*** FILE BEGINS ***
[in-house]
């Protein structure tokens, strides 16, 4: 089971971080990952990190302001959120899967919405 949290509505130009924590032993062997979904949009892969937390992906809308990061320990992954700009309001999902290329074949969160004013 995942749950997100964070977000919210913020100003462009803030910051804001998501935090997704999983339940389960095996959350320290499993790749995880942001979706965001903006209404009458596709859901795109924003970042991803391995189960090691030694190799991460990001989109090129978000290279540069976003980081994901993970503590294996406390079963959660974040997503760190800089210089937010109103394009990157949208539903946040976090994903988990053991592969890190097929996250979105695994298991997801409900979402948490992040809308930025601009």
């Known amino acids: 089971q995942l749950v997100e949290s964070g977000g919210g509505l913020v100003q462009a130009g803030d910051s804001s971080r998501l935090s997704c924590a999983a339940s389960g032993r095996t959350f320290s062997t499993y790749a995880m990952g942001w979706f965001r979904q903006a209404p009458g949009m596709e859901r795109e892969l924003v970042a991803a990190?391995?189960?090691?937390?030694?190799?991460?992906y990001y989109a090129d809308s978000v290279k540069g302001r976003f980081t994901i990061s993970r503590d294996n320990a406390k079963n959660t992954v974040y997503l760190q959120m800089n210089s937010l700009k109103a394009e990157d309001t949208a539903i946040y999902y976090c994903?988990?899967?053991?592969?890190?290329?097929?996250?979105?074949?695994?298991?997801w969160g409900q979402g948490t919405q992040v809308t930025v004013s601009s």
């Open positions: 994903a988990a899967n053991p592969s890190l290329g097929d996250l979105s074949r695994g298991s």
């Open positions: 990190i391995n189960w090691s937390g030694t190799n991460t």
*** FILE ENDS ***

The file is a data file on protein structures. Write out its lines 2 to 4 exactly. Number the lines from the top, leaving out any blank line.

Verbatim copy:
């Protein structure tokens, strides 16, 4: 089971971080990952990190302001959120899967919405 949290509505130009924590032993062997979904949009892969937390992906809308990061320990992954700009309001999902290329074949969160004013 995942749950997100964070977000919210913020100003462009803030910051804001998501935090997704999983339940389960095996959350320290499993790749995880942001979706965001903006209404009458596709859901795109924003970042991803391995189960090691030694190799991460990001989109090129978000290279540069976003980081994901993970503590294996406390079963959660974040997503760190800089210089937010109103394009990157949208539903946040976090994903988990053991592969890190097929996250979105695994298991997801409900979402948490992040809308930025601009």
């Known amino acids: 089971q995942l749950v997100e949290s964070g977000g919210g509505l913020v100003q462009a130009g803030d910051s804001s971080r998501l935090s997704c924590a999983a339940s389960g032993r095996t959350f320290s062997t499993y790749a995880m990952g942001w979706f965001r979904q903006a209404p009458g949009m596709e859901r795109e892969l924003v970042a991803a990190?391995?189960?090691?937390?030694?190799?991460?992906y990001y989109a090129d809308s978000v290279k540069g302001r976003f980081t994901i990061s993970r503590d294996n320990a406390k079963n959660t992954v974040y997503l760190q959120m800089n210089s937010l700009k109103a394009e990157d309001t949208a539903i946040y999902y976090c994903?988990?899967?053991?592969?890190?290329?097929?996250?979105?074949?695994?298991?997801w969160g409900q979402g948490t919405q992040v809308t930025v004013s601009s």
């Open positions: 994903a988990a899967n053991p592969s890190l290329g097929d996250l979105s074949r695994g298991s």